Picture courtesy of the LOC and photogrammar.yale.edu: 1940 photo taken by Marion Post Wolcott, FSA photographer, in Caswell County, NC
Recently, I was looking through the thousands of Farm Security Administration images available from the Library of Congress and Yale’s photogrammar.yale.edu website. Although my focus was on selecting images of sharecroppers at work for my current documentary, I came across this wonderful image. It shows an important intersection of community building and historic African American schools.
The farmers are meeting in a schoolhouse for, Ms. Wolcott’s caption tells us, “a neighborhood land use planning committee.” By the time of this meeting in1940, soil conservation programs had been underway for almost a decade. The goal of these programs was to combat erosion through improved management practices. Financial incentive was also provided for planting trees on depleted cropland. These payments were supposed to benefit everyone who was impacted, but in reality few landowners shared the money and many tenant farmers were pushed off of the land. It is impossible to say with certainty whether the farmers in this picture are landowners or tenant farmers, but their well dressed appearance and the fact that they are attending a land planning meeting argues for them being owners.
Taking note of their surroundings, one can see the windows are large and have three panes across. This fact, along with the attractive beadboard and the patent desks, leads me to conclude that they were probably meeting in one of Caswell County’s six Rosenwald schools. The space is conducive to learning and discussion, and the farmers are listening attentively. Note also the poised leader of the meeting, and the young lady taking notes.
This was not an accidental meeting, but rather the confluence of sacrifice for education and powerful intentions on the part of both the community and the Rosenwald Fund. Between 1924 and 1931, Caswell County, NC communities organized to match grants and built six Rosenwald schools. The schools were designed not just to improve education in the rural South, but also to provide African American communities with their first public meetings spaces outside of churches. In this photo of such a meeting, we get a rare glimpse of one of the myriad ways Rosenwald schools benefited communities in addition to providing space for teaching.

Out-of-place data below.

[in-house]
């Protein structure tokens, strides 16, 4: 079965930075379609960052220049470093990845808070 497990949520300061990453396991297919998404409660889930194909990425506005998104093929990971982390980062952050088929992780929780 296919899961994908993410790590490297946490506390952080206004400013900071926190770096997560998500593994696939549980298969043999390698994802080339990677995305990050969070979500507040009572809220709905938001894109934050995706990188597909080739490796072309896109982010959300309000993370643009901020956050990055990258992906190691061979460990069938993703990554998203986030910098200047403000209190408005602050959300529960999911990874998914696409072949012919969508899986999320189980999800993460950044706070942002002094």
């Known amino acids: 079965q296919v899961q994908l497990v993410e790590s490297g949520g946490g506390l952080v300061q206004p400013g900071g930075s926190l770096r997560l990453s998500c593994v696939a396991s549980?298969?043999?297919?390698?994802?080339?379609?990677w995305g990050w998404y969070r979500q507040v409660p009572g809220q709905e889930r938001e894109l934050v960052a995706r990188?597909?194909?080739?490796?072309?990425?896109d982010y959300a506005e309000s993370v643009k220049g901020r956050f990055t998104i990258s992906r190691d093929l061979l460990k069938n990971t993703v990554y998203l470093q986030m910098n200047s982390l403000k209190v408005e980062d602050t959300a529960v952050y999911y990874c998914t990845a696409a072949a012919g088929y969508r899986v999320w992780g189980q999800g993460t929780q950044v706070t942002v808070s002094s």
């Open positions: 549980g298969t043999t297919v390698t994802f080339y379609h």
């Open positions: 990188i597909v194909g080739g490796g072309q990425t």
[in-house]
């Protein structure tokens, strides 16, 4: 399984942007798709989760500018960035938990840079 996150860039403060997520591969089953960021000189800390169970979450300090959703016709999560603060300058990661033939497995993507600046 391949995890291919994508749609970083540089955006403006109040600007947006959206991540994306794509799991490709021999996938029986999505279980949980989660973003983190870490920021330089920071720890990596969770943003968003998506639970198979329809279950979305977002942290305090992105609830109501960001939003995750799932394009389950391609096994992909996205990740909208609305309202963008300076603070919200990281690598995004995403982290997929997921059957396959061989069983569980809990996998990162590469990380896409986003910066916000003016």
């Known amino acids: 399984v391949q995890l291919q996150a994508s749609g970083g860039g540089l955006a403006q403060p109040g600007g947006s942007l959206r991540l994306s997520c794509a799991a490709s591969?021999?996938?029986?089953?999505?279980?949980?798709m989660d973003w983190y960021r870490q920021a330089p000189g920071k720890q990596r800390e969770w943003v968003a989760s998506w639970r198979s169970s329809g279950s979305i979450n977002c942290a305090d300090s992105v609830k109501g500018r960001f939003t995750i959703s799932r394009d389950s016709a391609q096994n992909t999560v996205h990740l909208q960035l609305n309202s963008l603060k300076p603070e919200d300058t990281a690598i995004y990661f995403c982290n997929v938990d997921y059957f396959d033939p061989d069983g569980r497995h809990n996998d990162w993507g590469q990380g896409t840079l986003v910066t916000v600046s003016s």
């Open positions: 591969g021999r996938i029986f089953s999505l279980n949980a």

In planning for better land use, these African American farmers were also planning for the future of their community. Better crops meant a higher standard of living, and would also have made it possible for them to continue to make donations to their children’s schools. Well into the 1950s, African American families paid their taxes and then also had to raise money for education basics such as books and buses.
For example, one story that I heard from several people locally was also documented by Dr. Melton A. McLaurin in his book The Black Marines of Montford Point (2009, UNC Press). Apparently, the African American families who lived on the eastern side of Pender County were told they must raise money for a bus if they wanted their children to have transportation to one of the two African American high schools in the county. After the families raised money and obtained a new bus, someone at the county bus garage tried to switch it with an old bus and give the new one to white students. In the end the African American families prevailed, but only after a struggle.
Farming and sharecropping were the economic backdrop against which most Rosenwald schools were constructed. We can develop a better understanding of Rosenwald school history by pausing to contemplate the larger agenda the Rosenwald Fund had for these school buildings, that they would uplift the whole community. In this image we can also see a combination of hope and gravity on the part of farmers, most of whom probably attended one the six Rosenwald schools in Caswell County, as they meet and make a cooperative plan.